“I was categorized as a power pitcher with better than average control. Every lineup I faced, I singled out a few players who I always was going to be very careful against.
“There wasn’t one player who, best I can recall, seemed to have my number. Nor was there a player who I seemed to have his number.”
Well, Matlack did admit he seemed to master then-future Hall of Famer Joe Morgan.
“After the first year I faced him, he seemed to always take the day off when I was pitching, or was given the day off,” Matlack laughed.
But then there’s John Boccabella, a 12-year catcher who had a .219 lifetime batting average. During the 1973 season while playing for the Montreal Expos in what was the second-to-last season of his career, he simply flustered Matlack.
“Many people probably wouldn’t remember him, but I seemed to throw everything but the kitchen sink at him, and yet he hit every pitch, including some for home runs. I tried everything I knew to get him out, yet couldn’t,” Matlack said.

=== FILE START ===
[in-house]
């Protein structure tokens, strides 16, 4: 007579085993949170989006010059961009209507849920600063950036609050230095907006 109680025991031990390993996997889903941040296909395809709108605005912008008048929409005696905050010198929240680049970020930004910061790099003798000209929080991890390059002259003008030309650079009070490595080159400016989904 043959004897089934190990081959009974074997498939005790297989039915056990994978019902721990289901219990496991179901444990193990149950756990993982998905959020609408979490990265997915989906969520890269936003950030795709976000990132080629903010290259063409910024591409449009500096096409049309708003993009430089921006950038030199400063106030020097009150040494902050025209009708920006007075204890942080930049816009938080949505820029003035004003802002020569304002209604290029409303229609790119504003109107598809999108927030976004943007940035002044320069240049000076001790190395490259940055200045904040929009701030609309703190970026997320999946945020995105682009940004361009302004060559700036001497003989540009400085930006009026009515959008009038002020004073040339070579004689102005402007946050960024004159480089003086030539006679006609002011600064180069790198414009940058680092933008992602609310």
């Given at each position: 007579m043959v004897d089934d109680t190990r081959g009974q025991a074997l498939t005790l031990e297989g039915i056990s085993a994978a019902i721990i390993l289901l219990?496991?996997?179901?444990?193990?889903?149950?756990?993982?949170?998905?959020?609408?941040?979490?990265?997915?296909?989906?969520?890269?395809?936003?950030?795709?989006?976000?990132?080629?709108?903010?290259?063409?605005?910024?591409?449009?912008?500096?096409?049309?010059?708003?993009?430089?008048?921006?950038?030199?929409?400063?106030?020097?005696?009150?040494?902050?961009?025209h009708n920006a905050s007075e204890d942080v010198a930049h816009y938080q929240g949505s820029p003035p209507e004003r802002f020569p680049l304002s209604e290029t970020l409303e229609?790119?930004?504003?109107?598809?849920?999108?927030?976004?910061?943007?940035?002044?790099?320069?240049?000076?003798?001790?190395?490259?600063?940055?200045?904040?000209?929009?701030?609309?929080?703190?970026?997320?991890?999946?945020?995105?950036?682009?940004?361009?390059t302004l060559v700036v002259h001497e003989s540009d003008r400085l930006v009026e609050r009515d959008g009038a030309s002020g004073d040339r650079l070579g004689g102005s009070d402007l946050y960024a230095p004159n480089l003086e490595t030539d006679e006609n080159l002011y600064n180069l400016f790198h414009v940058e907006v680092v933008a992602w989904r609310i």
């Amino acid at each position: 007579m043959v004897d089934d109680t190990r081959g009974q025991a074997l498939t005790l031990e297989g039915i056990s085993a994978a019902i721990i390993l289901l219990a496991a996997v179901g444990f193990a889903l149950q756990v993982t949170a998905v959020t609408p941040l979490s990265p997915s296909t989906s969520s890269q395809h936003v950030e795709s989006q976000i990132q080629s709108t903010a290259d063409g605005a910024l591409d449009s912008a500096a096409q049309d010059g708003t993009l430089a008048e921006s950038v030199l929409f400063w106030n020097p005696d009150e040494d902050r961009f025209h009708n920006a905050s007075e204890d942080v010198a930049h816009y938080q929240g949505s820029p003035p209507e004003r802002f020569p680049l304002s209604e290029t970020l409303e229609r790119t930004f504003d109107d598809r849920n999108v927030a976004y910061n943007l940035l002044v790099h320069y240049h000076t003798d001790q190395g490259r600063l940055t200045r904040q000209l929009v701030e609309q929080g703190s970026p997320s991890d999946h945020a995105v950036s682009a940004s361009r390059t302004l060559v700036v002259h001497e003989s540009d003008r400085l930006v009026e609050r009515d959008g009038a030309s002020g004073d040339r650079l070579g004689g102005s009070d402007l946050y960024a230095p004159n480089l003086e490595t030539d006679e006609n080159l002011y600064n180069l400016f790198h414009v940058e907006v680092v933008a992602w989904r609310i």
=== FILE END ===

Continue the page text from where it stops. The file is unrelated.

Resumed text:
Matlack won 15 or more games four times in his career. He was an All-Star in 1974, ’75 and ’76, and posted had a career-high 17 wins in 1976. He had 30 career shutouts among his 318 career starts.
“I was raised in an era when you didn’t want anyone else to be involved in your game. In my day, the starting pitcher was almost expected to go out there and deal with the game for all nine innings,” Matlack said. “I pitched before the era of set-up men, closers, etc. The mentality was, when it was my day to pitch, I was going to be out there. And one of the sure ways to stay out there was to keep putting zeros on the board.”
Why do so few pitchers nowadays throw complete games?